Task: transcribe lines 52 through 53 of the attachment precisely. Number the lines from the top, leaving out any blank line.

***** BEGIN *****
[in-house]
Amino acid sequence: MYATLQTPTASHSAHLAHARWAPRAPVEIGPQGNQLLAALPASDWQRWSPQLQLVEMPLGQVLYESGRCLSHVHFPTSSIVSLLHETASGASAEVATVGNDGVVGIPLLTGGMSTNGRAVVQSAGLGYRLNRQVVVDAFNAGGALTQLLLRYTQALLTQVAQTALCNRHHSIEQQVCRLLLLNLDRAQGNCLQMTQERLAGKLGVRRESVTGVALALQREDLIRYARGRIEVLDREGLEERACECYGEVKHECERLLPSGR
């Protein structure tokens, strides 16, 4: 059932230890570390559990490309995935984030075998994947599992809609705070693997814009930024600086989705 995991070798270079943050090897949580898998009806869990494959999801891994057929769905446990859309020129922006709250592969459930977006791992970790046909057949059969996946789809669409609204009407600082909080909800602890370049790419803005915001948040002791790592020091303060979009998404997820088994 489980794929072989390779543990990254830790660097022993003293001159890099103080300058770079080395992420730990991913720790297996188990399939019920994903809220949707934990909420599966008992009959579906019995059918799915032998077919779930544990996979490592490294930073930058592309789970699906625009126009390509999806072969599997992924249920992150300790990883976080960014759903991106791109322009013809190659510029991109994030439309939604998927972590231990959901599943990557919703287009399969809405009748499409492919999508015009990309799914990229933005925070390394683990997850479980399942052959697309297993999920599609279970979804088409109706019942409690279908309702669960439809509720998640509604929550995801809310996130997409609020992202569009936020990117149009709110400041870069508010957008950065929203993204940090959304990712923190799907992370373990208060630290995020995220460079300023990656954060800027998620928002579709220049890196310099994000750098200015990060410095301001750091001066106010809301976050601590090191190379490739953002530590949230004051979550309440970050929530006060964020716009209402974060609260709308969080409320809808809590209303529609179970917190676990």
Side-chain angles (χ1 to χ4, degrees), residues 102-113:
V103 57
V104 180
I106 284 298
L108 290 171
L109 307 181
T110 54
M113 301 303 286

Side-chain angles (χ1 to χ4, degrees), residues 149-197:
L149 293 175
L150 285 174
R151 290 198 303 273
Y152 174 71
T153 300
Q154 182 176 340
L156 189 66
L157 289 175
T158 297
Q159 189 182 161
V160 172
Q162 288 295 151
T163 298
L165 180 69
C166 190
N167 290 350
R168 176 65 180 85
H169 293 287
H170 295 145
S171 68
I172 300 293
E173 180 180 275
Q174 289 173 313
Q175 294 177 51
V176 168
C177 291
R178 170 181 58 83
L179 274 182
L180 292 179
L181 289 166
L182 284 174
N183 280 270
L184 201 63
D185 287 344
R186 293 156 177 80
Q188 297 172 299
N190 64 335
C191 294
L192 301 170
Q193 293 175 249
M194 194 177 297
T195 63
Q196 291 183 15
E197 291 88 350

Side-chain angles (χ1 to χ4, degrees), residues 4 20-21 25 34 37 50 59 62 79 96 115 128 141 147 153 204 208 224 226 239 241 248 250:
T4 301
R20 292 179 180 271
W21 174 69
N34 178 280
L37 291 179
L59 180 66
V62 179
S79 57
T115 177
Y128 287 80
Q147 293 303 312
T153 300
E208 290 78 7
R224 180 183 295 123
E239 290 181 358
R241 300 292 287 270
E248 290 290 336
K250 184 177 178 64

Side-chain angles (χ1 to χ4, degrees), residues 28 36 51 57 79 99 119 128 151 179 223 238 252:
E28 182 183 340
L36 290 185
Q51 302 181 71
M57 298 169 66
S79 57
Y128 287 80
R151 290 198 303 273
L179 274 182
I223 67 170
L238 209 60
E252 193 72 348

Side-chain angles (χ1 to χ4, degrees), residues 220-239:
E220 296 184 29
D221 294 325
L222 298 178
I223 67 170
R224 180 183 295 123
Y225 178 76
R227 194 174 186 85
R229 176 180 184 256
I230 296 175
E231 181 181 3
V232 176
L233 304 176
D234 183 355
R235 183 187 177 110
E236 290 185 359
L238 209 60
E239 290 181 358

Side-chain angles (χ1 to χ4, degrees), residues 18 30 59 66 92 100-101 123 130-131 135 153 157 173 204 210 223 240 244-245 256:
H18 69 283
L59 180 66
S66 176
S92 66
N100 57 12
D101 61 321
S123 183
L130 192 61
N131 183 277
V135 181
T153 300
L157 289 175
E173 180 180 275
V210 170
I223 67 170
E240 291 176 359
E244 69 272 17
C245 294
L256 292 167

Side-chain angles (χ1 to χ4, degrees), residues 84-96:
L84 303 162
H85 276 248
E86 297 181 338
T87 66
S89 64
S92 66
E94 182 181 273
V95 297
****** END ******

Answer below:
Q193 293 175 249
M194 194 177 297